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a BELS-certified medical writer and editor, and an editorial consultant for Contemporary OB/GYN
Results of a new study that used Amazon’s survey technology reveal whether patients are telling clinicians when they face imminent threats to their health.
Results of a new study that used Amazon’s survey technology reveal that many patients may not be telling clinicians when they face imminent threats to their health. The findings, published in JAMA Network Open, suggest that more work is needed on the part of clinicians to build trust and communicate effectively with their patients.
For the research, the authors incorporated results from two national, nonprobability samples of US adults. One group was recruited between March 16 and 30, 2015, from Amazon’s Mechanical Turk (MTurk) marketplace, a population of Internet users who participate in surveys and other tasks in exchange for financial compensation. To balance the younger skew of that sample, the authors recruited a second group of adults aged ≥ 50 from Survey Sampling International (SSI) from November 6 to 17, 2015.
Of the 2011 participants in the MTurk sample, 60.3% were female and 60.2% were white, with a mean age of 35.7, compared with a population that was 51.0% female, 78.8% white, and mean age 61 in the SSI sample of 2499 participants. All were asked whether they had avoided telling a clinician about four imminent threats: depression, suicidal thoughts, abuse, and sexual assault. The definition of a clinician included any medical caregiver.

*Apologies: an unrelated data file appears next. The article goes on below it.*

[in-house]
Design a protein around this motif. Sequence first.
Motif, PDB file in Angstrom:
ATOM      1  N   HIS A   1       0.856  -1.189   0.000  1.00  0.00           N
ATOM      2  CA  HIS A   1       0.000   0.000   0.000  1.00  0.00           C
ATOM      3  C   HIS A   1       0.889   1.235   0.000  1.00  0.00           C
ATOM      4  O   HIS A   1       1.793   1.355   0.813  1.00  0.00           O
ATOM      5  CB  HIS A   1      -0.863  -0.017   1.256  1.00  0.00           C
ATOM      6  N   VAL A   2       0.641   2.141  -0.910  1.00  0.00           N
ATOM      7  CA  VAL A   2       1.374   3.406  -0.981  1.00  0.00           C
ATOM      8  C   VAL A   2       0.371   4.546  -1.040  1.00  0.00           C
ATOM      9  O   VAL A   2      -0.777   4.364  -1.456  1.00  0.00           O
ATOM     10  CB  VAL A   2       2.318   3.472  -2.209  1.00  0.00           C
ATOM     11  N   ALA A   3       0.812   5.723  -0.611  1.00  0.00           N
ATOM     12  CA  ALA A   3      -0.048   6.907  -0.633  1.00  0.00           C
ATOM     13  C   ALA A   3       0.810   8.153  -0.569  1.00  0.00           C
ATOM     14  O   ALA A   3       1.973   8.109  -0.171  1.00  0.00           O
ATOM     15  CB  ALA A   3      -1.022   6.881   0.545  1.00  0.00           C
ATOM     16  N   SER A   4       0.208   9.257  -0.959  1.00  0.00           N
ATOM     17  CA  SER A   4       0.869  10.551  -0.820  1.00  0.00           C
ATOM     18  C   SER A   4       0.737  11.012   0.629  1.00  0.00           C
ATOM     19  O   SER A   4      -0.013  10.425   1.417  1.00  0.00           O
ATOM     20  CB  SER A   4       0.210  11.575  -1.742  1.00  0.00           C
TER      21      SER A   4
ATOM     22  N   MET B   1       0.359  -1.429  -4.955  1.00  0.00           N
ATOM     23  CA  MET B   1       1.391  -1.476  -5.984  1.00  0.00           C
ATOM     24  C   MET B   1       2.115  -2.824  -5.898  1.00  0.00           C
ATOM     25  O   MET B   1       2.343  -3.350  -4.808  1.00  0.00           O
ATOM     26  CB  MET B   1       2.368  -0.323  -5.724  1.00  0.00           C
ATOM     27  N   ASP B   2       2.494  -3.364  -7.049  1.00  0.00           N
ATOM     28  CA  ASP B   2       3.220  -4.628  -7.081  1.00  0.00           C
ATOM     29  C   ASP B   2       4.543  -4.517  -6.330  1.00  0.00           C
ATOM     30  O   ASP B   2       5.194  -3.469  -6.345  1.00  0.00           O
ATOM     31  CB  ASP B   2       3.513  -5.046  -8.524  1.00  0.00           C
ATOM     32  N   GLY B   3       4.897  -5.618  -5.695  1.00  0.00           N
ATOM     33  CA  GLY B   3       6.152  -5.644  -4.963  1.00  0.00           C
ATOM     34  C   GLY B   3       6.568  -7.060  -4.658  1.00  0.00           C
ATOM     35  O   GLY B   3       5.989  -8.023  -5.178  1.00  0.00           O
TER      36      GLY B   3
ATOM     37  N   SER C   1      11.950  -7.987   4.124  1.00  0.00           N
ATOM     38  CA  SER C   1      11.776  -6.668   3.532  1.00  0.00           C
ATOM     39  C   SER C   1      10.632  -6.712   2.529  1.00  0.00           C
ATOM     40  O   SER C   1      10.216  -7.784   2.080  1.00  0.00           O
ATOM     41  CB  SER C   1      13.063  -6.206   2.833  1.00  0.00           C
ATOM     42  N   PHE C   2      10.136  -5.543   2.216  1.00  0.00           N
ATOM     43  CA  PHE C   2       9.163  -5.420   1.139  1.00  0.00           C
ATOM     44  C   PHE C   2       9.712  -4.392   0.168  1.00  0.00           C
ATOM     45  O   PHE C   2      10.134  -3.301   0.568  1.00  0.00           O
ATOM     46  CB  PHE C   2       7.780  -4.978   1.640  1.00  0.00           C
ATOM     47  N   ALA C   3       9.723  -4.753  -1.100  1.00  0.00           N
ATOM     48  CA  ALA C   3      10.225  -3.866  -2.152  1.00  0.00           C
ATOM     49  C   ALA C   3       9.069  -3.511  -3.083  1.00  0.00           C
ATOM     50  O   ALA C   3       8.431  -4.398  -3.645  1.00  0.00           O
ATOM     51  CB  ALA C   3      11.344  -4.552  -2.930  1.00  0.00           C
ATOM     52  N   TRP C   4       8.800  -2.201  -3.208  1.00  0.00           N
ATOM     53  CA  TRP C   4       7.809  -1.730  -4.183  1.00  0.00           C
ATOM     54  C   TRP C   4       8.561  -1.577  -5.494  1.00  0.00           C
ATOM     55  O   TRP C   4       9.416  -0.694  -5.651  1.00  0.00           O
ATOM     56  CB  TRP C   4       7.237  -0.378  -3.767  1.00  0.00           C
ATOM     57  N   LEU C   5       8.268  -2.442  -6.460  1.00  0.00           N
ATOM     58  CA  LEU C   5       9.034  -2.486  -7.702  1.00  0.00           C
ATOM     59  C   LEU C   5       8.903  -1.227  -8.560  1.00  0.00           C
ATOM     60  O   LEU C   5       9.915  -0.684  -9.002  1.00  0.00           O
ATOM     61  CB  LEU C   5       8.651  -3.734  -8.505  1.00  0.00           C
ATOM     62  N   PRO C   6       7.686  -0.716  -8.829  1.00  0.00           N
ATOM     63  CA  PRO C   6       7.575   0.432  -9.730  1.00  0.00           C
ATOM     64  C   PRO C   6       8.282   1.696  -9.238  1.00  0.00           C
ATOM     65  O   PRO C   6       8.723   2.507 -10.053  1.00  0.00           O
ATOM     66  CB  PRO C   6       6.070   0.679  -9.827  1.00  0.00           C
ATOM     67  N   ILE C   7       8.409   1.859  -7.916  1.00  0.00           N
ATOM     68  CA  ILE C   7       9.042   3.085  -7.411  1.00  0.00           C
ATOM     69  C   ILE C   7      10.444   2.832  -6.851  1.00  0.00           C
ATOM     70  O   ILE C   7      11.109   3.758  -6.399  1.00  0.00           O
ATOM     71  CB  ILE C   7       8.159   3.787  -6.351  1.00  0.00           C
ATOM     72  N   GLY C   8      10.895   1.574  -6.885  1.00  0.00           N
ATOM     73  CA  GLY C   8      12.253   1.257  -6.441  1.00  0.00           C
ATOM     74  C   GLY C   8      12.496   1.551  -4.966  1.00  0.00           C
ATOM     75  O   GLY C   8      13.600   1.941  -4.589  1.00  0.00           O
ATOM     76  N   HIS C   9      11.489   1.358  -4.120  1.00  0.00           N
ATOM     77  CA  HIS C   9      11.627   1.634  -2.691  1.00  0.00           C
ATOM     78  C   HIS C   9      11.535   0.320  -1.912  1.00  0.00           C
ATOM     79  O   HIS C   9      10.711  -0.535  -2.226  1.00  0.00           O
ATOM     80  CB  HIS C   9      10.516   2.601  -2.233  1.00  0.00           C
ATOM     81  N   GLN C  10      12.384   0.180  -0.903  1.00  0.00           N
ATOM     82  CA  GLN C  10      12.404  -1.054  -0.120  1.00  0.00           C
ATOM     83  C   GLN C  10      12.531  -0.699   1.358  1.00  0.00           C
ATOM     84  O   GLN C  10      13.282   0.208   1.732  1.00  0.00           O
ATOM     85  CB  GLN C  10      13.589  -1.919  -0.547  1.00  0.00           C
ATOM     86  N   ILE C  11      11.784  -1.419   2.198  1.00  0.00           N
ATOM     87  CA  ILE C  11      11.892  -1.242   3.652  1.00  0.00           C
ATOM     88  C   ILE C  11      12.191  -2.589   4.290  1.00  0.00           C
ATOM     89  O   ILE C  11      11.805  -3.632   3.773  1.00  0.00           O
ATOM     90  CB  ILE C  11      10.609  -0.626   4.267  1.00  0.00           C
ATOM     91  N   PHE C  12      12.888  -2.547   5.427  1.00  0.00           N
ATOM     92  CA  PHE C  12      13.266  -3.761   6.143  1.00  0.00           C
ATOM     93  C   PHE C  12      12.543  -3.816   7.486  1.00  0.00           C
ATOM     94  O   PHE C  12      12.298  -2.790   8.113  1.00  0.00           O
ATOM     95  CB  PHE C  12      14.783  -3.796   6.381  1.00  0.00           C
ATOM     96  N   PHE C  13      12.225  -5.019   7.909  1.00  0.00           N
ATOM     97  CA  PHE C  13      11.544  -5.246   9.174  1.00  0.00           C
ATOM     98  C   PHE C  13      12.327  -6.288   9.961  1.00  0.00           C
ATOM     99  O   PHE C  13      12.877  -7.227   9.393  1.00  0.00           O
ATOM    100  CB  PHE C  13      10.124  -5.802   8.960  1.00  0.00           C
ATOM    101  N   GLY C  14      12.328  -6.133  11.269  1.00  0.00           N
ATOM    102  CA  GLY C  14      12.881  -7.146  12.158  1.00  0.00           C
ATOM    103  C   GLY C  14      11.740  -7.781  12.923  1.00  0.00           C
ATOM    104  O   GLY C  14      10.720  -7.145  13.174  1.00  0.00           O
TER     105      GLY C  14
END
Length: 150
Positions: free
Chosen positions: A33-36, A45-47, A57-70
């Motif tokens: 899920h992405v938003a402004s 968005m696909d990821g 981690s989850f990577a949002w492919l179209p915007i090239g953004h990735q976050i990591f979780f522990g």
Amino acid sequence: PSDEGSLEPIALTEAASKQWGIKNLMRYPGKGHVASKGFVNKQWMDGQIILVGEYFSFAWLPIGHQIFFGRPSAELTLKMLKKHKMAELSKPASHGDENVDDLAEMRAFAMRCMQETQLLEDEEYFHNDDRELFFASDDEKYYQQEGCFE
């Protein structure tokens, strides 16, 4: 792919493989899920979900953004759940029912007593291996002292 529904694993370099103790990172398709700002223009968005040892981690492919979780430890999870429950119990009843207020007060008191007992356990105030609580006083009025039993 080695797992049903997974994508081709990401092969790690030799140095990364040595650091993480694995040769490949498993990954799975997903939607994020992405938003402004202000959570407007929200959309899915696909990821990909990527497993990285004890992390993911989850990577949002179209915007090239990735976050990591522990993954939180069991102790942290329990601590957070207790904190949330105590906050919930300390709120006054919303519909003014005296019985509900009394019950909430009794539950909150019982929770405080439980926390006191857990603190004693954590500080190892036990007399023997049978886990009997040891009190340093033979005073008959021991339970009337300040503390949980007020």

The majority of patients in both samples-64.3% in MTurk and 58.1% in SSI-reported having experienced at least one of the four imminent threats, yet of those subsets, 47.5% and 40.0%, respectively, had withheld from their clinician information about at least one of those threats. Abuse was the threat most likely not to be disclosed by the MTurk group (42.2%) followed by depression (38.1%), suicidality (37.8%), and sexual assault (28.8%). Abuse also was most likely not be disclosed by the SSI group (42.3%), followed by sexual assault (41.6%), suicidality (37.0%) and depression (29.0%).
In both groups, embarrassment was the most common reason that participants gave for nondisclosure (MTurk 72.7%; SSI 70.9%), followed by not wanting to be judged or lectured (MTurk 66.4%; SSI 53.4%), not wanting to have to engage in a difficult follow-up behavior (MTurk 62.4%; SSI 51.1%), and not wanting the information in their medical record (MTurk 57.1%; SSI 52.7%).
The authors noted that the odds of nondisclosure to a clinician were significantly higher, in both groups, among participants who were female (MTurk odds ratio [OR], 1.66 [95% CI 1.30 to 2.11]; SSI OR 1.33 [95% CI 1.07 to 1.67]) and younger (MTurk OR 0.99 [95% CI 0.98 to 1.00]; SSI OR 0.98 [95% CI 0.97 to 1.00]). In the SSI group but not the MTurk group, a self-report of poor health also was associated with significantly higher odds of nondisclosure (OR 0.85 [95% CI 0.74 to 0.96]). There was no significant association between either race/ethnicity or education and nondisclosure in either group.
The authors noted that their data point to an “important concern about clinician-patient communication” in that if clinicians do not know that their patients are facing imminent threats, they cannot help mitigate those threats. “These results,” the researchers said, “highlight the continued need to develop effective interventions that improve the trust and communication between patients and their clinicians, particularly for sensitive, potentially life-threatening topics.”